Alternative formsEdit


From Middle English besechen, bisechen, prefixed form of Old English sēċan ‎(to seek or inquire about). Cognate with Saterland Frisian besäike ‎(to visit), Dutch bezoeken ‎(to visit, attend, see), German besuchen ‎(to visit, attend, see), Swedish besöka ‎(to visit, go to see).



beseech ‎(third-person singular simple present beseeches, present participle beseeching, simple past and past participle beseeched or besought)

  1. To beg or implore.
    • 1748, David Hume, Enquiries concerning the human understanding and concerning the principles of moral, London, Oxford University Press, 1973, § 25:
      after what manner, I beseech you, must the mind proceed in this operation?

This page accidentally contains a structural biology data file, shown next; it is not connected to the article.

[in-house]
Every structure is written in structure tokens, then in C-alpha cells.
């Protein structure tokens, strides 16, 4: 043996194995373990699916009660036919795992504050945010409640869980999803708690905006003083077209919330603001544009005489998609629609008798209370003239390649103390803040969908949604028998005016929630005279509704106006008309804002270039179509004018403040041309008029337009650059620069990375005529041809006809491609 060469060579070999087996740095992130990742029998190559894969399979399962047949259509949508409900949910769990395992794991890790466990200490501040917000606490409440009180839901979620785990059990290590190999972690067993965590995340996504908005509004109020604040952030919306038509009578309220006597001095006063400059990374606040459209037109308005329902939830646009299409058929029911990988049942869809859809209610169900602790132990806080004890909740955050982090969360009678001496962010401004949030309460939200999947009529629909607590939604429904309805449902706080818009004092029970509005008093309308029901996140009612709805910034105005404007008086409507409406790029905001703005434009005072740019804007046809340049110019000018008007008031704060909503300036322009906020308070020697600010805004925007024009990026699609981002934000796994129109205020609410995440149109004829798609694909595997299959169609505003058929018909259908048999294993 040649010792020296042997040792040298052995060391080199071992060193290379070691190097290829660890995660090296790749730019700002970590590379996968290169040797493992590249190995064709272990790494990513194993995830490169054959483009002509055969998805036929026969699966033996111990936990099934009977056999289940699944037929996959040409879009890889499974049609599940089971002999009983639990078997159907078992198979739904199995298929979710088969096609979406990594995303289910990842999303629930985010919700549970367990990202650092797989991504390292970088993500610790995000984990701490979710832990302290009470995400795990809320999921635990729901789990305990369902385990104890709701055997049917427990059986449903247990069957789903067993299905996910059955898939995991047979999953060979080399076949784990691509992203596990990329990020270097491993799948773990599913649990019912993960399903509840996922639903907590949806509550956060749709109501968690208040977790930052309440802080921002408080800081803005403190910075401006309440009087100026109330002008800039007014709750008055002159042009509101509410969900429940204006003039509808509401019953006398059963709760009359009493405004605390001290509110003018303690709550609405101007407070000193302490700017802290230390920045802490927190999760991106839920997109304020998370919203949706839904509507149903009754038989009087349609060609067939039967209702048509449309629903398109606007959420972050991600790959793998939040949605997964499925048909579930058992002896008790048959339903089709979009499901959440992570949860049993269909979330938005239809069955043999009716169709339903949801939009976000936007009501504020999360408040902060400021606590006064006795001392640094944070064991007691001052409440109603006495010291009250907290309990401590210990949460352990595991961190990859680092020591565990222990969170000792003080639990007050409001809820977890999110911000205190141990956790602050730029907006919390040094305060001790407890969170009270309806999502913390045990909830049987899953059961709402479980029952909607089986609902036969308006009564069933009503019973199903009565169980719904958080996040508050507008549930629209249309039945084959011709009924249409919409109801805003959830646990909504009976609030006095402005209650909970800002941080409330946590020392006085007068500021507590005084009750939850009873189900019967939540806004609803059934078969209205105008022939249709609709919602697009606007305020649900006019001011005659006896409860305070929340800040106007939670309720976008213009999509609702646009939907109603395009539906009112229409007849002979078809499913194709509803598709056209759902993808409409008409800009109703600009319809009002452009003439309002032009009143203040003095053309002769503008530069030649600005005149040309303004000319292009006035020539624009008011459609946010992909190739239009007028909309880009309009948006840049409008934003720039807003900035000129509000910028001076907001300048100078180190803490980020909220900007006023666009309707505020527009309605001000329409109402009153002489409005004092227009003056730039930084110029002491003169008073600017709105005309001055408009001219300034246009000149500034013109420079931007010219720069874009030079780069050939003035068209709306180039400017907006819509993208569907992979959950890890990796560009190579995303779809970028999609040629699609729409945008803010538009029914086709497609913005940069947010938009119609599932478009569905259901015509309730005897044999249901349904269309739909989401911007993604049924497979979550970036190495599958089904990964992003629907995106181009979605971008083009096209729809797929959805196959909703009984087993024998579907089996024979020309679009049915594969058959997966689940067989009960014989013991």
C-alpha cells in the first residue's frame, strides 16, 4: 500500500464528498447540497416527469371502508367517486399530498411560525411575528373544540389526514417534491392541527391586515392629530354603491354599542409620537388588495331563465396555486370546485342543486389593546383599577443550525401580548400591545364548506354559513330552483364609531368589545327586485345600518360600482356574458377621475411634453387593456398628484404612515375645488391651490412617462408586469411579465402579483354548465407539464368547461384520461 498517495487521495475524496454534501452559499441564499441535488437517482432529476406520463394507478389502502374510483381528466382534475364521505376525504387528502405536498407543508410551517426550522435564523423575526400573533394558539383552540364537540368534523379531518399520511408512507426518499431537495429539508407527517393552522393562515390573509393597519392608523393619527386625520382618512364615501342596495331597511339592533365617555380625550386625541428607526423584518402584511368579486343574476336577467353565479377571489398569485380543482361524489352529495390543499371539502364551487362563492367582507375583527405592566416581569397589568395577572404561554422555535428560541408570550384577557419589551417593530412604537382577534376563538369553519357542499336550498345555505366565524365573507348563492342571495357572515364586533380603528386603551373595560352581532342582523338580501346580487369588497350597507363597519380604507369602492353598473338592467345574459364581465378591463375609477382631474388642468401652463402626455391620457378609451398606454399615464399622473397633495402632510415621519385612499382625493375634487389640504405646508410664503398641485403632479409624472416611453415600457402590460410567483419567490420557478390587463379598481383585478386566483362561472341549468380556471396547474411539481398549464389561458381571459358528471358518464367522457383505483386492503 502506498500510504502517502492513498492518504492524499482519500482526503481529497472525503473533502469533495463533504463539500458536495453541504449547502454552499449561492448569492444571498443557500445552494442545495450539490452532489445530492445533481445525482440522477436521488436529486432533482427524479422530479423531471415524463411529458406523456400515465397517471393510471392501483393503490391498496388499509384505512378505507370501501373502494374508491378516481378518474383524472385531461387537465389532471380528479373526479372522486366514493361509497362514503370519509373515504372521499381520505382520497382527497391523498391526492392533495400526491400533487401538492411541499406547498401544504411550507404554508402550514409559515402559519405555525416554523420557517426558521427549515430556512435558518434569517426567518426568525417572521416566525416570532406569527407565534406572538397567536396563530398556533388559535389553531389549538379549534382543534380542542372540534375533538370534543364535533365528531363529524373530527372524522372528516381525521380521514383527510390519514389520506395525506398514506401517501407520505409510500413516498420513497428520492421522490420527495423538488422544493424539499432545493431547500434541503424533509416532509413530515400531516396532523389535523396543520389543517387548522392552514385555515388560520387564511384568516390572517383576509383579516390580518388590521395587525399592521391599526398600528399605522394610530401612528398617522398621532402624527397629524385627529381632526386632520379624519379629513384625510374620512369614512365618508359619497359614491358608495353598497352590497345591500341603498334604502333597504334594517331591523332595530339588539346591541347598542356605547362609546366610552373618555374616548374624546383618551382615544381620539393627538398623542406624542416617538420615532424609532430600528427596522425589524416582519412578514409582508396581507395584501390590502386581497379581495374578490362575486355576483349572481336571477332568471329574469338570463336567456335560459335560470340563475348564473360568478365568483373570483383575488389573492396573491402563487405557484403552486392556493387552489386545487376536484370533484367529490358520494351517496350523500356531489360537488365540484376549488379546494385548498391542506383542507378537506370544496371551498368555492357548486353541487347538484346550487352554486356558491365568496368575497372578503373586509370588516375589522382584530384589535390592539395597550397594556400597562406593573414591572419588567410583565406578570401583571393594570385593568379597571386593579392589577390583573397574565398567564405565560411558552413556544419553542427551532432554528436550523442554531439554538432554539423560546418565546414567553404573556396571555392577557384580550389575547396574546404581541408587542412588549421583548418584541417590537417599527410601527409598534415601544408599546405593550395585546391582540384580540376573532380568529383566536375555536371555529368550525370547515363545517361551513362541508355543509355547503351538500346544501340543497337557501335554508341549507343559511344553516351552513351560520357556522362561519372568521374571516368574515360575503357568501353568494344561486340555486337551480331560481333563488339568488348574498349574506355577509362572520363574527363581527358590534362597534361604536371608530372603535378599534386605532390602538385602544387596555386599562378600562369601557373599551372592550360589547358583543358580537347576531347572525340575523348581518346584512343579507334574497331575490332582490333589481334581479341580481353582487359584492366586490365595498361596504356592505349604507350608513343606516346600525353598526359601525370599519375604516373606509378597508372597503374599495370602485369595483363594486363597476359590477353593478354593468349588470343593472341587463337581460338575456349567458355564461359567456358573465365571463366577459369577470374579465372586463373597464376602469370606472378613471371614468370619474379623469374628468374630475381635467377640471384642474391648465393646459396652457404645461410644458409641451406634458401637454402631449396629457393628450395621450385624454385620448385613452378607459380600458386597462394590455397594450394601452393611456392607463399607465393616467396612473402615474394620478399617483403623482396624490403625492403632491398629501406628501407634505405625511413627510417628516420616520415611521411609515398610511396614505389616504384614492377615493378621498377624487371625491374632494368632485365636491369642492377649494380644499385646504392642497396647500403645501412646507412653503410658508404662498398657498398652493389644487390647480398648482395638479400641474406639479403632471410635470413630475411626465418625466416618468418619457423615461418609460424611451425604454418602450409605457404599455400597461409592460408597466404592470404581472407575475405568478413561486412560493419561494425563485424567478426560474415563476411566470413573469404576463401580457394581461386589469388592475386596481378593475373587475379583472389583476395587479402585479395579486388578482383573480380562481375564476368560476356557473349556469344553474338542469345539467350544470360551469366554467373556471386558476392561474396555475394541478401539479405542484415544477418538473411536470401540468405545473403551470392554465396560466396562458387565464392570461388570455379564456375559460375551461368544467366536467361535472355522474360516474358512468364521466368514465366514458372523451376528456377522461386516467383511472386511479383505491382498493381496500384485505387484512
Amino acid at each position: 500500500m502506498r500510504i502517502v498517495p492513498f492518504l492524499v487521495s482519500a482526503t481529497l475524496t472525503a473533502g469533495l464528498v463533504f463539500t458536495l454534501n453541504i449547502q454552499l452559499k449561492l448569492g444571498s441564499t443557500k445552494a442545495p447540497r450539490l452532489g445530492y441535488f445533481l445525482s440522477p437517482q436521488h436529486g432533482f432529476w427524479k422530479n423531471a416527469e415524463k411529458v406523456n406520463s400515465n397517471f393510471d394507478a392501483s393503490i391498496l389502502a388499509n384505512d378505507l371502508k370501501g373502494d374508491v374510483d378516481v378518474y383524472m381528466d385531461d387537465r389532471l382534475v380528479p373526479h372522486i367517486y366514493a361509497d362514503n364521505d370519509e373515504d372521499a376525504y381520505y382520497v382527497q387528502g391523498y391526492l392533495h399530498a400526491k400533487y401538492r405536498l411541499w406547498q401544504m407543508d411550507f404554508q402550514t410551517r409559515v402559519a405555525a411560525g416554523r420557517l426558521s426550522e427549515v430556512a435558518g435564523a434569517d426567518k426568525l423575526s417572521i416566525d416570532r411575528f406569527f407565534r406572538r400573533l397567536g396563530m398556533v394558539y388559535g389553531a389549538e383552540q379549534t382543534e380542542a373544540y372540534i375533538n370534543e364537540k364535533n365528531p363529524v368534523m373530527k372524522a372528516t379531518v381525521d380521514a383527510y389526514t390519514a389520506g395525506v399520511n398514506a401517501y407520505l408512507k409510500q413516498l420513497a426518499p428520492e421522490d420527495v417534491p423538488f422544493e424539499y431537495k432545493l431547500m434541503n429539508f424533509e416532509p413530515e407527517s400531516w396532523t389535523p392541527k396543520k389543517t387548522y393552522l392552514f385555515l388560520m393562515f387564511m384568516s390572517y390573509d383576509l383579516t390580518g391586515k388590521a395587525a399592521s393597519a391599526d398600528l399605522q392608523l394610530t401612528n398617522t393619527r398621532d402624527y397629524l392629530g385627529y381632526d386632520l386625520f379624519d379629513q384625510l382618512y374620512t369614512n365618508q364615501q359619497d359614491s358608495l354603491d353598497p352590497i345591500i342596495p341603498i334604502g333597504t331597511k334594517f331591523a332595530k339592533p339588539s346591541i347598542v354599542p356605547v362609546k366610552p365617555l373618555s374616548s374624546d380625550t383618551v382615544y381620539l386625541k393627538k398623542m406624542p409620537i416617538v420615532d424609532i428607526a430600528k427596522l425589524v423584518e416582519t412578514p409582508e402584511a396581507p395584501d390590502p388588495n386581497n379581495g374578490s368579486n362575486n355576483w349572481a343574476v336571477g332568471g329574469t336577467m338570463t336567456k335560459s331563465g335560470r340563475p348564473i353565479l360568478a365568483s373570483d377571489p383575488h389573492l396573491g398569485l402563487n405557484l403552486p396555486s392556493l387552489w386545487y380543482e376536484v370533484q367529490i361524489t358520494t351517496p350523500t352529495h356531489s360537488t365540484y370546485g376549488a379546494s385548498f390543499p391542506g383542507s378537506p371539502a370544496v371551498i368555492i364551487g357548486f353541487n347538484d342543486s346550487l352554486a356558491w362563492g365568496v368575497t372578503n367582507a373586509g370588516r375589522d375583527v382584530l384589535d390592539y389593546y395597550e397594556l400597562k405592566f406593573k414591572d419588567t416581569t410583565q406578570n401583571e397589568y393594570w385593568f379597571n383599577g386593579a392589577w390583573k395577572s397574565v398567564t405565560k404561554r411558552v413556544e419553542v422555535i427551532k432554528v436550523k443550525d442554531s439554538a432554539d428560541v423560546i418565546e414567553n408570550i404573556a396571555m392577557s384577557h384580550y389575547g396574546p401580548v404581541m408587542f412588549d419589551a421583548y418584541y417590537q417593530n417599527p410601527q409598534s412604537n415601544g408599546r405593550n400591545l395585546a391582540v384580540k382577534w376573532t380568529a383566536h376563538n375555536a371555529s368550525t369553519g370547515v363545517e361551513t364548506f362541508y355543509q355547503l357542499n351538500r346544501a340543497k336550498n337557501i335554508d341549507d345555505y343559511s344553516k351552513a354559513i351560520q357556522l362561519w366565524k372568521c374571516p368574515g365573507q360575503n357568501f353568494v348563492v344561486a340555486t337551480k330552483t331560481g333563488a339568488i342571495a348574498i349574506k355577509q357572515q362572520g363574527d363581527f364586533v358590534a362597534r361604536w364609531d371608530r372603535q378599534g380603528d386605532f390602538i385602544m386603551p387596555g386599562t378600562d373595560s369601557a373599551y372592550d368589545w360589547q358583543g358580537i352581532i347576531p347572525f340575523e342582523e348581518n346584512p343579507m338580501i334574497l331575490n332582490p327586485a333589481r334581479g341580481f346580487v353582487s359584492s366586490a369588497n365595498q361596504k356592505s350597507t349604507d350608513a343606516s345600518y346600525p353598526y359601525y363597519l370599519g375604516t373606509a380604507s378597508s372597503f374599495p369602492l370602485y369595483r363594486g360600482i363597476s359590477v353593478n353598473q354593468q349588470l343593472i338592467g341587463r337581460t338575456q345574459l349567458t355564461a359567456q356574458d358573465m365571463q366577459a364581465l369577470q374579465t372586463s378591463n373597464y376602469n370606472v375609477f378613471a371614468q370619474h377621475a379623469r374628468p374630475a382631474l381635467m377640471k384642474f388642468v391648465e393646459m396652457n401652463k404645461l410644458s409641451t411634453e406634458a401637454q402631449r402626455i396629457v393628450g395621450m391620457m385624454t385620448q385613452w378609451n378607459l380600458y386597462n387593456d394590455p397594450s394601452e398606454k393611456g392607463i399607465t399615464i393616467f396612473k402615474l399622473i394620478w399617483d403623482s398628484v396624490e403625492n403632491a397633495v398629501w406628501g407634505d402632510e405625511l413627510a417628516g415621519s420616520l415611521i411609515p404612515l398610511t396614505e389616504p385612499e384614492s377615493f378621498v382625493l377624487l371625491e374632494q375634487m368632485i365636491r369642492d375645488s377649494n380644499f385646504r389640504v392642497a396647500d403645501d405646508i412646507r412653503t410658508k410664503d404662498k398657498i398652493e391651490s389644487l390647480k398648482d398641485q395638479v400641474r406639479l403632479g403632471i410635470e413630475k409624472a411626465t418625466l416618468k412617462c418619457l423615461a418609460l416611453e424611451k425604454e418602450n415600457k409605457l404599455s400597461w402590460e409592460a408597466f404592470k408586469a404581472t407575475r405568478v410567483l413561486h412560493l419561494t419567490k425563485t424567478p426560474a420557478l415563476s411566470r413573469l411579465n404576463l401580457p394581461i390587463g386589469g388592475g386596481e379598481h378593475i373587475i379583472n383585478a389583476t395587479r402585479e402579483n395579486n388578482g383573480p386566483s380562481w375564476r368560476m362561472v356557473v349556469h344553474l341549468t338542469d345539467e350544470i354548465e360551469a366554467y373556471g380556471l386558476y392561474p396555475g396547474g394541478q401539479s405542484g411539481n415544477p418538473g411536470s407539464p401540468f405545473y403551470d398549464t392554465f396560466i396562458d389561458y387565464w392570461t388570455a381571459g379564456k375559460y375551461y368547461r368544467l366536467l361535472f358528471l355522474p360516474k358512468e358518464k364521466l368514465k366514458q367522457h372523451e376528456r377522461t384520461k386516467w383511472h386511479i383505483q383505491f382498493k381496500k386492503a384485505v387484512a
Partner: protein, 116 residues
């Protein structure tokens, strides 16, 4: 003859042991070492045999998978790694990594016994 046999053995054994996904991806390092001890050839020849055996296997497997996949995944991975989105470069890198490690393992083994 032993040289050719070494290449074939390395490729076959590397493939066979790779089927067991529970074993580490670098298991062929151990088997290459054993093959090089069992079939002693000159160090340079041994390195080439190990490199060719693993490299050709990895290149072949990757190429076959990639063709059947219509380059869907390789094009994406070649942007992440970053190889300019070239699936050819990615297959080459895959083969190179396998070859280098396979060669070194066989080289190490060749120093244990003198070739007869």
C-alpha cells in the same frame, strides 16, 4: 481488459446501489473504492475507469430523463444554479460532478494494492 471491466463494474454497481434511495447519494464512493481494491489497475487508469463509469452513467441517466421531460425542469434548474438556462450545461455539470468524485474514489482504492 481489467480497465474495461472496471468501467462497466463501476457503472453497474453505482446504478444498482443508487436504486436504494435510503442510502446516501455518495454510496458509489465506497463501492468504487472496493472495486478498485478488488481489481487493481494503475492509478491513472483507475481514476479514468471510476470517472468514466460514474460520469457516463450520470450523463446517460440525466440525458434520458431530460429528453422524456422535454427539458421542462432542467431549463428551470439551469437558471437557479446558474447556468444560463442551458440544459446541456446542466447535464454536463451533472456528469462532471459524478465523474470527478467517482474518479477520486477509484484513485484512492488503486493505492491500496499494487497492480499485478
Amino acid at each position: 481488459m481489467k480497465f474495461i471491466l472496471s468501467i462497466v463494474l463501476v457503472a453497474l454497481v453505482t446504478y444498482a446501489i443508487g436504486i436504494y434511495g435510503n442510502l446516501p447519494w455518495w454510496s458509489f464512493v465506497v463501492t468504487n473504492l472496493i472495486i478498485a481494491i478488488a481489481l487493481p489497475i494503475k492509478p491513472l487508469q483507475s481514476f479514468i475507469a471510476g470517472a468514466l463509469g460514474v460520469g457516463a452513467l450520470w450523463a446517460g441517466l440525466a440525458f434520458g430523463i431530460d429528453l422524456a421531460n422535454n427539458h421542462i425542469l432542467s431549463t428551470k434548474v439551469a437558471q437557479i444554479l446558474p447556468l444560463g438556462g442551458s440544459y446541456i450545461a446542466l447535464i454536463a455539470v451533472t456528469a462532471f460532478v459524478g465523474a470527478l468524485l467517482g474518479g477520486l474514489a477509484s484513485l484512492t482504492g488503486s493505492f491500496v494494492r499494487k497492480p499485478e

• 1888, Rudyard Kipling, ‘Watches of the Night’, Plain Tales from the Hills, Folio 2005, p. 61:
      She besought him, for his Soul's sake to speak the truth.
    • 1919, W. Somerset Maugham, The Moon and Sixpence, chapter 31
      Panting a little in his haste, he told her how miserable he was; he besought her to have mercy on him; he promised, if she would forgive him, to do everything she wanted.


Related termsEdit


beseech ‎(plural beseeches)

  1. (archaic) A request.
    • 1839, Francis Beaumont, John Fletcher, George Darley, The works of Beaumont and Fletcher: Volume 1:
      Good madam, hear the suit that Edith urges, With such submiss beseeches; [...]